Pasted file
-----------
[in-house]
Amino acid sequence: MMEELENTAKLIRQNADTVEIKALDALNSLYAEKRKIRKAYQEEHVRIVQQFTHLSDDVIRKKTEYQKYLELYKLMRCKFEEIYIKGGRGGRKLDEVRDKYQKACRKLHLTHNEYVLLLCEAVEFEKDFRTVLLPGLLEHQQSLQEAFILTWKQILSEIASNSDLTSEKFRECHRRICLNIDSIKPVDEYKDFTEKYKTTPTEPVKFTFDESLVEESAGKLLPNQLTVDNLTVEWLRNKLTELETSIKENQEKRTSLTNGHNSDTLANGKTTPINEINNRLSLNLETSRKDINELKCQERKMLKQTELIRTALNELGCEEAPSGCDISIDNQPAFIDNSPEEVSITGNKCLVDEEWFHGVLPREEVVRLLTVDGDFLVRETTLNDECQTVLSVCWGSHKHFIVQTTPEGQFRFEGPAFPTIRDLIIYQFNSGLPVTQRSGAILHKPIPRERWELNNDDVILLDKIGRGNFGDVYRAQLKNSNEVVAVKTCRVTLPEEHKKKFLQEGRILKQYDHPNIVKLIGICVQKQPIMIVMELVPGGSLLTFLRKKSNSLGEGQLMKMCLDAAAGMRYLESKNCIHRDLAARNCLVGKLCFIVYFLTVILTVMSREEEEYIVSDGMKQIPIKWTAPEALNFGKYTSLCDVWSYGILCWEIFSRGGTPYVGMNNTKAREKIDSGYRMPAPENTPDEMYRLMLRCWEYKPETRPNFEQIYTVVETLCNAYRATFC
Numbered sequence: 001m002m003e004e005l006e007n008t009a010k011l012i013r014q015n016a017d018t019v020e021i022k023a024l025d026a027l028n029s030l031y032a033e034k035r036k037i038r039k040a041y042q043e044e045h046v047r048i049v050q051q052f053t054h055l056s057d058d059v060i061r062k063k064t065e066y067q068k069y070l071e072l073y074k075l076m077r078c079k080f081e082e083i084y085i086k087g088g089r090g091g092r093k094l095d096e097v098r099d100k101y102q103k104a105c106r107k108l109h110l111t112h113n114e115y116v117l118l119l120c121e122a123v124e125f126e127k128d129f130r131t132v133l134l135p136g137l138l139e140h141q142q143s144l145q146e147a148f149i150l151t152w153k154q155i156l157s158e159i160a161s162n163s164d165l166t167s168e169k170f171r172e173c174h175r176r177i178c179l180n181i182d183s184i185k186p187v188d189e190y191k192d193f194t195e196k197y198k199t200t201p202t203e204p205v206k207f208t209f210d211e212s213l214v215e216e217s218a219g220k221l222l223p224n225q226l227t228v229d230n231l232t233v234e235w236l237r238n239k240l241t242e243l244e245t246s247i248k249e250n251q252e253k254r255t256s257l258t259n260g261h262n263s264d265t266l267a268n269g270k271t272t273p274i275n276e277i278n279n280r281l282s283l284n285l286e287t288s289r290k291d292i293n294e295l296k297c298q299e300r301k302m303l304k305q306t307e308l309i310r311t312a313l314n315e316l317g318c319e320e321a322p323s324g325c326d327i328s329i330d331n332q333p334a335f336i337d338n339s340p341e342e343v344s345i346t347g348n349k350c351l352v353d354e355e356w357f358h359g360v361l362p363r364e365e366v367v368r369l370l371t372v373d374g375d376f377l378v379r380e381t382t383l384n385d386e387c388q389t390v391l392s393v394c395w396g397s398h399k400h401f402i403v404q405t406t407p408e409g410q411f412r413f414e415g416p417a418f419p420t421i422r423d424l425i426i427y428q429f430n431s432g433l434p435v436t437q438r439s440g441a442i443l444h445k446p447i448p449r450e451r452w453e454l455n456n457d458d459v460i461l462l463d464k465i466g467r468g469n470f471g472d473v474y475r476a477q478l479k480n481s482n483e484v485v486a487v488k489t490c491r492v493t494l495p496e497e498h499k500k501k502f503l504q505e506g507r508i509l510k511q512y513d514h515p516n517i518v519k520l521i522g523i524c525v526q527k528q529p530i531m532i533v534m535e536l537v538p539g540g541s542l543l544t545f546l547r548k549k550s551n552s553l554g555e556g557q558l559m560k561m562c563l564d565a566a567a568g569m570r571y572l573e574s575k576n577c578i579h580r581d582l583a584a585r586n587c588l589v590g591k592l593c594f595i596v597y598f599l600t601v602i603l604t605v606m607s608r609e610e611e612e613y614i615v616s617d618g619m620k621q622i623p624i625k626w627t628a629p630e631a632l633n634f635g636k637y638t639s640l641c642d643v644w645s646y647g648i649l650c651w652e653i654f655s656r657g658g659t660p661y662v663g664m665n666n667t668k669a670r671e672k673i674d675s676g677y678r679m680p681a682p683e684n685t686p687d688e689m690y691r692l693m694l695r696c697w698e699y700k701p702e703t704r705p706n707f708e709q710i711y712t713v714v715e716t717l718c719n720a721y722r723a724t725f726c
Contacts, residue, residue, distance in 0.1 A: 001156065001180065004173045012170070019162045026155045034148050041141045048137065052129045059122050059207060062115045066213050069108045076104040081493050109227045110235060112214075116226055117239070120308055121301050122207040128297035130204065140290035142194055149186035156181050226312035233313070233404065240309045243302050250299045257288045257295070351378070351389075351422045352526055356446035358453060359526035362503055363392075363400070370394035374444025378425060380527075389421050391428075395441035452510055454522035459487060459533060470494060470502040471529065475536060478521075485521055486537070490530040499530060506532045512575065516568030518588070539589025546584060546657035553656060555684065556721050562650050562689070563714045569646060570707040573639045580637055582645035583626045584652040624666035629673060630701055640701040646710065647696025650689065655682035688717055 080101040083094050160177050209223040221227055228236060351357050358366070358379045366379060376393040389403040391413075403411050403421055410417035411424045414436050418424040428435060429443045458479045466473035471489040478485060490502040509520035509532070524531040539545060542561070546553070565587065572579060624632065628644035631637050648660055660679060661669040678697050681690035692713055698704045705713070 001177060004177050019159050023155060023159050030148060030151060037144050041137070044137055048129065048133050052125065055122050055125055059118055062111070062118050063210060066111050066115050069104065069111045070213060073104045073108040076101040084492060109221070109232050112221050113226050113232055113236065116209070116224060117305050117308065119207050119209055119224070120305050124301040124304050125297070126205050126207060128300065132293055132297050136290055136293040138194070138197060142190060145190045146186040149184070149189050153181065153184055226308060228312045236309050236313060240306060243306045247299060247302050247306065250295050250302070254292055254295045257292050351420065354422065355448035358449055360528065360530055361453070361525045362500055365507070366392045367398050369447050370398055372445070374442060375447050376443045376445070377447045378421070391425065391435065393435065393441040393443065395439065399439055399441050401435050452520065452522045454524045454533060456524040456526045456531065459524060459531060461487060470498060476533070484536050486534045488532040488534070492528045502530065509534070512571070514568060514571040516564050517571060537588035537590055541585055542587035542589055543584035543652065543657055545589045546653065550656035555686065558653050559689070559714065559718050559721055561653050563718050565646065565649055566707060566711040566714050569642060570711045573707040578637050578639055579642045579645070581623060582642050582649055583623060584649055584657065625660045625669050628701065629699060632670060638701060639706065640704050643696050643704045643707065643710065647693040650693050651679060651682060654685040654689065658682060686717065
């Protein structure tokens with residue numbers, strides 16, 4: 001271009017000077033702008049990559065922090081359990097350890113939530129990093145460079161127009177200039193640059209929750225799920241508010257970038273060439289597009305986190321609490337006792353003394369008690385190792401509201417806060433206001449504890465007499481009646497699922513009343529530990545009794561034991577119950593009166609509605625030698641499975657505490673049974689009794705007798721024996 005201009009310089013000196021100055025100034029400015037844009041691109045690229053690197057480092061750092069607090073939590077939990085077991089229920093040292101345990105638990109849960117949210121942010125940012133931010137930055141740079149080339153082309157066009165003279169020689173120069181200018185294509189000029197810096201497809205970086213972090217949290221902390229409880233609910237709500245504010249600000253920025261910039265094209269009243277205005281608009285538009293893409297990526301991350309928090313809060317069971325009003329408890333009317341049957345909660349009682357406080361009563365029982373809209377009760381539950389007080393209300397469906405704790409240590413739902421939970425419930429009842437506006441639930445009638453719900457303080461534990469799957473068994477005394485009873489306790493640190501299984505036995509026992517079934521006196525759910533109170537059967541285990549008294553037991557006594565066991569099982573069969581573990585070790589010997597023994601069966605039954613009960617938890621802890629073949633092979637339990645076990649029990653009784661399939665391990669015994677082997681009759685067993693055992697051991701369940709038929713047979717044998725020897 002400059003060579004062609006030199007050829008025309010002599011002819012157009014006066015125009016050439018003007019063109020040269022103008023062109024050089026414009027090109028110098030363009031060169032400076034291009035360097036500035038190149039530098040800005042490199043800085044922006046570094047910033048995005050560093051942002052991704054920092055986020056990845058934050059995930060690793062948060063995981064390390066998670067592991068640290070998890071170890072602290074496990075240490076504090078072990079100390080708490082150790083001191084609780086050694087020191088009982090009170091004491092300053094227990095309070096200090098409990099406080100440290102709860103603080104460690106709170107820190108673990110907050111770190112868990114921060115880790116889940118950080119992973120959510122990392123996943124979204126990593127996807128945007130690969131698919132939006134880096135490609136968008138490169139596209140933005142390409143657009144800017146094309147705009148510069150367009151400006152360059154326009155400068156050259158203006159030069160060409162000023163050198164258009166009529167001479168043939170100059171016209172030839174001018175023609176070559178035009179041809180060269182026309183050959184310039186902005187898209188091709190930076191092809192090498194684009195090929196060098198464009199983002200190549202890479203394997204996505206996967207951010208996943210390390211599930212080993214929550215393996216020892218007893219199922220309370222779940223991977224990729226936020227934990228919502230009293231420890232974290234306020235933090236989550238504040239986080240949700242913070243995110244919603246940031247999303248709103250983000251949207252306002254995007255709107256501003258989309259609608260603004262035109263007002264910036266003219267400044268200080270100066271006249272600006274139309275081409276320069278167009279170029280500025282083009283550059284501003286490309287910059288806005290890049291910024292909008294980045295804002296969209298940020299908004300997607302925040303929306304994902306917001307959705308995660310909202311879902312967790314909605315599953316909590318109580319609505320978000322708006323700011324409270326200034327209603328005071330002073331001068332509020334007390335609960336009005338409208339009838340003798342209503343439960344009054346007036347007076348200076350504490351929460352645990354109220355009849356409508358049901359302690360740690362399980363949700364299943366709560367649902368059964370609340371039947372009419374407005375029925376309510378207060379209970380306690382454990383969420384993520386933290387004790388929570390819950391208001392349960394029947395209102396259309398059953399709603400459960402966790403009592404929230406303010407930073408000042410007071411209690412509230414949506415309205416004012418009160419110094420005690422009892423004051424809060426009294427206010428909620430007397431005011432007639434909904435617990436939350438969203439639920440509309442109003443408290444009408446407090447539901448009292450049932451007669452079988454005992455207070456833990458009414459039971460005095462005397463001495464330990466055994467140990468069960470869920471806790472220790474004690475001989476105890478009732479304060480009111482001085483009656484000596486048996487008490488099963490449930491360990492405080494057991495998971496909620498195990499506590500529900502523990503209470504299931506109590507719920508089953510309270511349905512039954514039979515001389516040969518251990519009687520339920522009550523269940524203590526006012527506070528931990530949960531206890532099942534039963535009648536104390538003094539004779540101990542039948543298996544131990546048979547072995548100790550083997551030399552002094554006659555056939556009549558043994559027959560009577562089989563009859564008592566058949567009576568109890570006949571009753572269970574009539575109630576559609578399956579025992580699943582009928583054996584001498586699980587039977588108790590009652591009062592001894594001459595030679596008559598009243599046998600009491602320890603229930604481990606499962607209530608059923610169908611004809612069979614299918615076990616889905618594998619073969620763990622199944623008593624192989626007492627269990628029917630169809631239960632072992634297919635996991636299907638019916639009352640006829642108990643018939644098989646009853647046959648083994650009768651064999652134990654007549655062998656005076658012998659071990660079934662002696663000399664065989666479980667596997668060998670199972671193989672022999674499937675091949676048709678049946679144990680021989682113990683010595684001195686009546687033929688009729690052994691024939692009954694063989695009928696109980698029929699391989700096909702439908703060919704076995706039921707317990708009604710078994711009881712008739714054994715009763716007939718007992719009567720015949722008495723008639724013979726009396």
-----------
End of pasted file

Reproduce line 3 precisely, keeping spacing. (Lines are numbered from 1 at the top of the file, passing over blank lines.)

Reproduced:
Numbered sequence: 001m002m003e004e005l006e007n008t009a010k011l012i013r014q015n016a017d018t019v020e021i022k023a024l025d026a027l028n029s030l031y032a033e034k035r036k037i038r039k040a041y042q043e044e045h046v047r048i049v050q051q052f053t054h055l056s057d058d059v060i061r062k063k064t065e066y067q068k069y070l071e072l073y074k075l076m077r078c079k080f081e082e083i084y085i086k087g088g089r090g091g092r093k094l095d096e097v098r099d100k101y102q103k104a105c106r107k108l109h110l111t112h113n114e115y116v117l118l119l120c121e122a123v124e125f126e127k128d129f130r131t132v133l134l135p136g137l138l139e140h141q142q143s144l145q146e147a148f149i150l151t152w153k154q155i156l157s158e159i160a161s162n163s164d165l166t167s168e169k170f171r172e173c174h175r176r177i178c179l180n181i182d183s184i185k186p187v188d189e190y191k192d193f194t195e196k197y198k199t200t201p202t203e204p205v206k207f208t209f210d211e212s213l214v215e216e217s218a219g220k221l222l223p224n225q226l227t228v229d230n231l232t233v234e235w236l237r238n239k240l241t242e243l244e245t246s247i248k249e250n251q252e253k254r255t256s257l258t259n260g261h262n263s264d265t266l267a268n269g270k271t272t273p274i275n276e277i278n279n280r281l282s283l284n285l286e287t288s289r290k291d292i293n294e295l296k297c298q299e300r301k302m303l304k305q306t307e308l309i310r311t312a313l314n315e316l317g318c319e320e321a322p323s324g325c326d327i328s329i330d331n332q333p334a335f336i337d338n339s340p341e342e343v344s345i346t347g348n349k350c351l352v353d354e355e356w357f358h359g360v361l362p363r364e365e366v367v368r369l370l371t372v373d374g375d376f377l378v379r380e381t382t383l384n385d386e387c388q389t390v391l392s393v394c395w396g397s398h399k400h401f402i403v404q405t406t407p408e409g410q411f412r413f414e415g416p417a418f419p420t421i422r423d424l425i426i427y428q429f430n431s432g433l434p435v436t437q438r439s440g441a442i443l444h445k446p447i448p449r450e451r452w453e454l455n456n457d458d459v460i461l462l463d464k465i466g467r468g469n470f471g472d473v474y475r476a477q478l479k480n481s482n483e484v485v486a487v488k489t490c491r492v493t494l495p496e497e498h499k500k501k502f503l504q505e506g507r508i509l510k511q512y513d514h515p516n517i518v519k520l521i522g523i524c525v526q527k528q529p530i531m532i533v534m535e536l537v538p539g540g541s542l543l544t545f546l547r548k549k550s551n552s553l554g555e556g557q558l559m560k561m562c563l564d565a566a567a568g569m570r571y572l573e574s575k576n577c578i579h580r581d582l583a584a585r586n587c588l589v590g591k592l593c594f595i596v597y598f599l600t601v602i603l604t605v606m607s608r609e610e611e612e613y614i615v616s617d618g619m620k621q622i623p624i625k626w627t628a629p630e631a632l633n634f635g636k637y638t639s640l641c642d643v644w645s646y647g648i649l650c651w652e653i654f655s656r657g658g659t660p661y662v663g664m665n666n667t668k669a670r671e672k673i674d675s676g677y678r679m680p681a682p683e684n685t686p687d688e689m690y691r692l693m694l695r696c697w698e699y700k701p702e703t704r705p706n707f708e709q710i711y712t713v714v715e716t717l718c719n720a721y722r723a724t725f726c